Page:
Map out your strategy and future plans with a good management consultant

A coherent and well thought out strategy and future plan is fundamental to becoming valuable. This work is not easy and getting some outside input can be useful in developing the right strategy and plan. It is well worth employing an external firm of professional consultants to help you with this process.The clarity that comes from such an exercise can be very powerful. Strategic acquirers and professional business buyers are delighted when a target M&A candidate on their desk has a clear vision, strategy and professionally developed plan. When all is said and done, an acquirer is simply buying the future: when preparing your business for sale, make sure you understand yours.

Know your numbers backwards, and invest in a good CFO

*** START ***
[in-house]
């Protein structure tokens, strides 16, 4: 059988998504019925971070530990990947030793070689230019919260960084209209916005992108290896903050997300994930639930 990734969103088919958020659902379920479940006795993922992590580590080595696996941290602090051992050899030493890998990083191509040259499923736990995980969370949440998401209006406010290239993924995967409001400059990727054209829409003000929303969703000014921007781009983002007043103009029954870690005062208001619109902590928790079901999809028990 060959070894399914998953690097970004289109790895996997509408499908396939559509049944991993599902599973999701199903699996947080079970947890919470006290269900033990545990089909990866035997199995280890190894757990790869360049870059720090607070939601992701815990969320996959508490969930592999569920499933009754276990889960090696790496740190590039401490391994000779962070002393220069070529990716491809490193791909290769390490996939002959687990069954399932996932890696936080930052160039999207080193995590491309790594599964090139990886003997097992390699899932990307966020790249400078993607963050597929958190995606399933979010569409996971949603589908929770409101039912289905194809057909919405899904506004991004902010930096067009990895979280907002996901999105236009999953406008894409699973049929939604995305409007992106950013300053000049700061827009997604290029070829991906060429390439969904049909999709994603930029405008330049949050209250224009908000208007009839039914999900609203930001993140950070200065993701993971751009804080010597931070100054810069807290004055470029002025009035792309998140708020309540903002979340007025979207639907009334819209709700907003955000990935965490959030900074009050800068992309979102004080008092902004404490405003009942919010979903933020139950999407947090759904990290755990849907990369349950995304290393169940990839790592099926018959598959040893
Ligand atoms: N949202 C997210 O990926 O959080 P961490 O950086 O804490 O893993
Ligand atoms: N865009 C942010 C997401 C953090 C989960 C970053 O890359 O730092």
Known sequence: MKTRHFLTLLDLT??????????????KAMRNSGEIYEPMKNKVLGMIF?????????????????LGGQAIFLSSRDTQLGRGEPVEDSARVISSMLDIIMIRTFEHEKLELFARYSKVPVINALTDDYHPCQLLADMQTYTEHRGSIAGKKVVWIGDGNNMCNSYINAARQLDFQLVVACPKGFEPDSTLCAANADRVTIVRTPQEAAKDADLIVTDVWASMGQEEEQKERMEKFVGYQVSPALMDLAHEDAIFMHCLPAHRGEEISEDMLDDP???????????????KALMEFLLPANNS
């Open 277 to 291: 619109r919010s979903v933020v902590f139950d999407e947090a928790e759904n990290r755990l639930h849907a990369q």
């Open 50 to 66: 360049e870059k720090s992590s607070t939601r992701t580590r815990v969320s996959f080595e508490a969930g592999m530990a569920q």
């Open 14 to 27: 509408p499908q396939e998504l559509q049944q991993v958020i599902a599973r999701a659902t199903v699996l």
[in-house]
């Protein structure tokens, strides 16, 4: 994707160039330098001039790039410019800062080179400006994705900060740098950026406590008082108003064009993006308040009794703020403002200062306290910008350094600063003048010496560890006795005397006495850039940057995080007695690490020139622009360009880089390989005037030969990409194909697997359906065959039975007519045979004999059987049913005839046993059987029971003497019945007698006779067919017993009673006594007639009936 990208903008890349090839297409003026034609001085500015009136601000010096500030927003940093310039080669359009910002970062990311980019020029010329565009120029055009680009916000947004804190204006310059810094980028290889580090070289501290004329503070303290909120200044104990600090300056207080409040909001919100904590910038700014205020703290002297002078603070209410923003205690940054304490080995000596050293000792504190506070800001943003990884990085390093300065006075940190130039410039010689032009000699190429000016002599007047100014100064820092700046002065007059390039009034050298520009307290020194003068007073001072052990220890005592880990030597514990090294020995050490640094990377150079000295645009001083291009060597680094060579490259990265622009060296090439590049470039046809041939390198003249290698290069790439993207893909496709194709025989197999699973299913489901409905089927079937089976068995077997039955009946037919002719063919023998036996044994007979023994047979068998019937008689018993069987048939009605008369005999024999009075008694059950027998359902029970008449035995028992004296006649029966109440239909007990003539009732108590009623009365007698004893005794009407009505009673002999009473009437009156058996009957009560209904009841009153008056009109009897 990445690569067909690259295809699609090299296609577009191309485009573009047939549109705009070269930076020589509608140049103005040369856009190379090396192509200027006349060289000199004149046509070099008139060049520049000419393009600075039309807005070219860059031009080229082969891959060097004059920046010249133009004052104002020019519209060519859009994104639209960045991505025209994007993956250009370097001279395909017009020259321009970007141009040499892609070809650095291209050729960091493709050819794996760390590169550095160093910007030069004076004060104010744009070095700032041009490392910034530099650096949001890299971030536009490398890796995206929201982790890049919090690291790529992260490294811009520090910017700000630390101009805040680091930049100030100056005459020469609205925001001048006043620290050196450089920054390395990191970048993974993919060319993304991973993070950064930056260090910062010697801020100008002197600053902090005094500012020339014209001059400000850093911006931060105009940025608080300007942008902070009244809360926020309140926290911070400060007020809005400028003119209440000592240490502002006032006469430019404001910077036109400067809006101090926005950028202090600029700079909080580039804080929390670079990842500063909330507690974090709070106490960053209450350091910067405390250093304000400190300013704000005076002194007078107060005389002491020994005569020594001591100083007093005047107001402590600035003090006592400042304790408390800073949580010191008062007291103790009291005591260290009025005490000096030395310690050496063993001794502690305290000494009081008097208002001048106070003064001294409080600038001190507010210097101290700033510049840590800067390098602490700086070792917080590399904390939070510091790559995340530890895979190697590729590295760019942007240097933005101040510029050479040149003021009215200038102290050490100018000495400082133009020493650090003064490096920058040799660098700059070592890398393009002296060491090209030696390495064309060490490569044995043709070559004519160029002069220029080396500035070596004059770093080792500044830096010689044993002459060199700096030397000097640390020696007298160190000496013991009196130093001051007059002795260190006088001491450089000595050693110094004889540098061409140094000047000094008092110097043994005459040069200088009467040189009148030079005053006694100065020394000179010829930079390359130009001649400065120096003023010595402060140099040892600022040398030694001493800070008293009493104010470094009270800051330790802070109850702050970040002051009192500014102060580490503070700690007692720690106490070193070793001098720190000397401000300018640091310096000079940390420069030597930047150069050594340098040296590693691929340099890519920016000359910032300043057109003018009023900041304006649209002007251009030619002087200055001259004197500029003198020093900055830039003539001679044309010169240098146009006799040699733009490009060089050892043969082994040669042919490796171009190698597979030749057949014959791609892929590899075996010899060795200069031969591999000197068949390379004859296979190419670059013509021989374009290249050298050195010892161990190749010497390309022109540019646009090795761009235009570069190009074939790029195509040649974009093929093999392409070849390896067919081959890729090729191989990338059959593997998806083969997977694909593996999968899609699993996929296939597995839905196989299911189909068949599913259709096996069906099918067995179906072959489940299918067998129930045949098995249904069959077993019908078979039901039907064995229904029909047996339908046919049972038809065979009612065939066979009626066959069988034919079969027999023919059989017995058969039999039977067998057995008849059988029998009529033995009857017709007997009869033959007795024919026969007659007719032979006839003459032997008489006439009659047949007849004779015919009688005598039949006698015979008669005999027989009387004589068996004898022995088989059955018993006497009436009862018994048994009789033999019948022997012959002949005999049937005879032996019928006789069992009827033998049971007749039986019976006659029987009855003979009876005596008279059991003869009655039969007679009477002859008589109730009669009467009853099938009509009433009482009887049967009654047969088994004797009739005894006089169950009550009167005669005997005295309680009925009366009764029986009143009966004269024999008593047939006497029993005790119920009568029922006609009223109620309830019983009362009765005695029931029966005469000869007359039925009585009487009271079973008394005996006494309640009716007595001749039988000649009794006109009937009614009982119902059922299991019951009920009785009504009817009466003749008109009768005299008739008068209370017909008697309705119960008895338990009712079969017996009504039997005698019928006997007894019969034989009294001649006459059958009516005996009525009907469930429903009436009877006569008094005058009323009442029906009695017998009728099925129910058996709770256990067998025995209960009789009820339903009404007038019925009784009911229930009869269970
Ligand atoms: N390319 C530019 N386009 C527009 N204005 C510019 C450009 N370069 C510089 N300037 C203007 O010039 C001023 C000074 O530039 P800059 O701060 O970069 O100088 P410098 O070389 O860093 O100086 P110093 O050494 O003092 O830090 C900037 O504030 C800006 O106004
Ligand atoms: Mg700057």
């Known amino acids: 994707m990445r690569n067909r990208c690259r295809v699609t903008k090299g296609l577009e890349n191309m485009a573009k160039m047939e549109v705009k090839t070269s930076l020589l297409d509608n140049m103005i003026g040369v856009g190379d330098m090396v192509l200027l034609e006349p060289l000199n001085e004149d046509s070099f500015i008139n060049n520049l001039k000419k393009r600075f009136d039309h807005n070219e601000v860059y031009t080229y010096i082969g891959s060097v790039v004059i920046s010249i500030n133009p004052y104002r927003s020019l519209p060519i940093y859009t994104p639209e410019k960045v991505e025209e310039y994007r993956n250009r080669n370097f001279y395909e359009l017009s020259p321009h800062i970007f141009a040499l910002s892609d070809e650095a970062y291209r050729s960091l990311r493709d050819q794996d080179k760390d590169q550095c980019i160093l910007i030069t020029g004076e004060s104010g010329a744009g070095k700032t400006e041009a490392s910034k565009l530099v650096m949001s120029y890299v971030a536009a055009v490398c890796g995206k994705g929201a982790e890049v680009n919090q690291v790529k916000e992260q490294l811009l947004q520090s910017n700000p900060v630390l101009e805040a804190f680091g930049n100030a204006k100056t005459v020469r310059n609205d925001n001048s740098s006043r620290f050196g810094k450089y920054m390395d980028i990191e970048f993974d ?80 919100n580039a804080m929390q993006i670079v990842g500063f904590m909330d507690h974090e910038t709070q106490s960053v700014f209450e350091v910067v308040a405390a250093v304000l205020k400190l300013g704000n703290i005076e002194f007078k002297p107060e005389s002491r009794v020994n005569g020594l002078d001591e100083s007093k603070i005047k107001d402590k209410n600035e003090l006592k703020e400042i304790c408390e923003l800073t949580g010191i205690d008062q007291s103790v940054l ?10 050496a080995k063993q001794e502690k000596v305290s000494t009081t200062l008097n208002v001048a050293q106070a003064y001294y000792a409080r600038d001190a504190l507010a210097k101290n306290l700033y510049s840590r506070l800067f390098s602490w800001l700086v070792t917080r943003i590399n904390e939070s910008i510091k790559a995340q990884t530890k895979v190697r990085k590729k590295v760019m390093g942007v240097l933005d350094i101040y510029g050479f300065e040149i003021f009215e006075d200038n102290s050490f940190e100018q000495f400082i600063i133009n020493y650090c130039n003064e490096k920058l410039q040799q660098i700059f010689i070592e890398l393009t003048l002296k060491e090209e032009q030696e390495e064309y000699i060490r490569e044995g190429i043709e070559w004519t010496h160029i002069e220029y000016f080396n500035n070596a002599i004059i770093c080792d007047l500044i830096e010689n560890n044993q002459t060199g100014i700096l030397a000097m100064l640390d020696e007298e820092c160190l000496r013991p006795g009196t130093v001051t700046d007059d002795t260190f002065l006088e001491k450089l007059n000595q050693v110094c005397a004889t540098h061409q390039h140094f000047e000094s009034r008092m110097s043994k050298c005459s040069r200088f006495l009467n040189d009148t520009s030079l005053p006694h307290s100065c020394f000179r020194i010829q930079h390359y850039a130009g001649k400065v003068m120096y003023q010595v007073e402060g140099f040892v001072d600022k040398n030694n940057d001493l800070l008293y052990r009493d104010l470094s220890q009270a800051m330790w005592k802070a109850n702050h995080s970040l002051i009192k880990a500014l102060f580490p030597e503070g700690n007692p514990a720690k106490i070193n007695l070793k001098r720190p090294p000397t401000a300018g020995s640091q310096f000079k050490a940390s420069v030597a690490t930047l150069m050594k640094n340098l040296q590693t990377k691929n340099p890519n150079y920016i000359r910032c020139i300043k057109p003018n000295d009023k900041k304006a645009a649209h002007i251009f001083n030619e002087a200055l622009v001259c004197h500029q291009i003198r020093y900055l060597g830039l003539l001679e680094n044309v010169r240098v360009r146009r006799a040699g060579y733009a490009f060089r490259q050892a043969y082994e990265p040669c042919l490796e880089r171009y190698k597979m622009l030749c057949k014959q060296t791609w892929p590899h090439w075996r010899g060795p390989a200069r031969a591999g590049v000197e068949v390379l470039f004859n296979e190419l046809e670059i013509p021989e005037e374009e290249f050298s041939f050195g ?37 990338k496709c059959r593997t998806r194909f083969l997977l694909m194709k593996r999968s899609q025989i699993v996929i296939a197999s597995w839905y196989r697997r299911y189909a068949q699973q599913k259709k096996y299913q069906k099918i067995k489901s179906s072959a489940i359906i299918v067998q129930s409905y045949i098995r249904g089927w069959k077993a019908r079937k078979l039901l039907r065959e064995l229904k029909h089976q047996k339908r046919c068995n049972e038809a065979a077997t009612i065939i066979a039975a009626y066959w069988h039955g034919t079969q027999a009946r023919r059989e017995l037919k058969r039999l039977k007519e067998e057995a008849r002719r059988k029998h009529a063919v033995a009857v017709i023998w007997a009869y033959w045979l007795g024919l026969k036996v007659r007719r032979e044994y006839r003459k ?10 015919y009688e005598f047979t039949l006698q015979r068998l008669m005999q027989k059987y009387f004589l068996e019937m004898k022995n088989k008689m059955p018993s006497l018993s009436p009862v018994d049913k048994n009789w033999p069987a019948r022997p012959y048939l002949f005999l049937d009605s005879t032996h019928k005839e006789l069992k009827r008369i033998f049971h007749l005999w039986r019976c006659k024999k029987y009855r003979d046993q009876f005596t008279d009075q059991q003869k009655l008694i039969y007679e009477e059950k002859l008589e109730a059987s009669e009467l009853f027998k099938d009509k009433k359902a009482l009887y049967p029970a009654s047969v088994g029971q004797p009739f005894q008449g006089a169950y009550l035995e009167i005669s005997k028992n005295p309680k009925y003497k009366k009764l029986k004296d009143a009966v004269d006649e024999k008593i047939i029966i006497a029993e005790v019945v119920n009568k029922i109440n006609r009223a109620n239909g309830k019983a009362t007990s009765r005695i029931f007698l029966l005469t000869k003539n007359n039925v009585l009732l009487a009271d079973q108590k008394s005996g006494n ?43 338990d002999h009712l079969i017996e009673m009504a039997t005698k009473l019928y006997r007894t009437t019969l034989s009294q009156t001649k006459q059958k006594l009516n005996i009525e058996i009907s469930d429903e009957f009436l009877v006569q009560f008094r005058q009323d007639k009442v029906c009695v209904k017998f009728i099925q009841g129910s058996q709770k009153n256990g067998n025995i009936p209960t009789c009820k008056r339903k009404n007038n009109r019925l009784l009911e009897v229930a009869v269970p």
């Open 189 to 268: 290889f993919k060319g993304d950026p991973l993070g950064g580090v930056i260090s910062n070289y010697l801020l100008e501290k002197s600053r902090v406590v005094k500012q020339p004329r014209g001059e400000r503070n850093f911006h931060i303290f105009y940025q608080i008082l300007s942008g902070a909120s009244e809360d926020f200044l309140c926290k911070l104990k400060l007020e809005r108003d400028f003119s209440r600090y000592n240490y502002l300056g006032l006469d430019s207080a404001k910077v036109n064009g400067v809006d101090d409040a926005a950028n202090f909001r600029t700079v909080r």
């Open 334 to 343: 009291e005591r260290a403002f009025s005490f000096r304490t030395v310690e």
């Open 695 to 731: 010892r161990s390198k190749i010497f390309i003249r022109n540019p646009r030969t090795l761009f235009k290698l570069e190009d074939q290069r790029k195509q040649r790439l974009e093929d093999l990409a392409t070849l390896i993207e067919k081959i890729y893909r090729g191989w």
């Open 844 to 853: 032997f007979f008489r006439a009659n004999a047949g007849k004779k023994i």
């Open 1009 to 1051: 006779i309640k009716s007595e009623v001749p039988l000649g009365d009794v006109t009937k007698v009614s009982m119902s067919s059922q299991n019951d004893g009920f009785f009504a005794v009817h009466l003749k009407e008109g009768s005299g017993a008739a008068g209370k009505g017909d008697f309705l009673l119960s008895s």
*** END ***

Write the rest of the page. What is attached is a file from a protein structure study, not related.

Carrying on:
A strong CFO is critical, and is an essential investment – make sure you hire one, they will pay for themselves ten times over in the long term. It is a fundamental requirement to know and understand your numbers: past, current and future. Have a well thought out forecast for at least the next 12 months and ideally 3 years. Management accounts should be completed monthly and wherever possible should be accurate and produced in a timely manner. These should include adjustments for pre-payments and accruals – the profit for the period under review should reflect what has actually happened. The balance sheet should balance properly and be updated monthly. Do you have a simple finance snapshot available to you by the 15th of the month outlining your previous month’s performance with key insights? Go through all of your cost items in the P&L to see where you can eliminate waste and trim your costs so that your EBITDA numbers are as positive as they can possibly be for your M&A process – do not get distracted by top line revenue figures and forget to take care of your profit margins.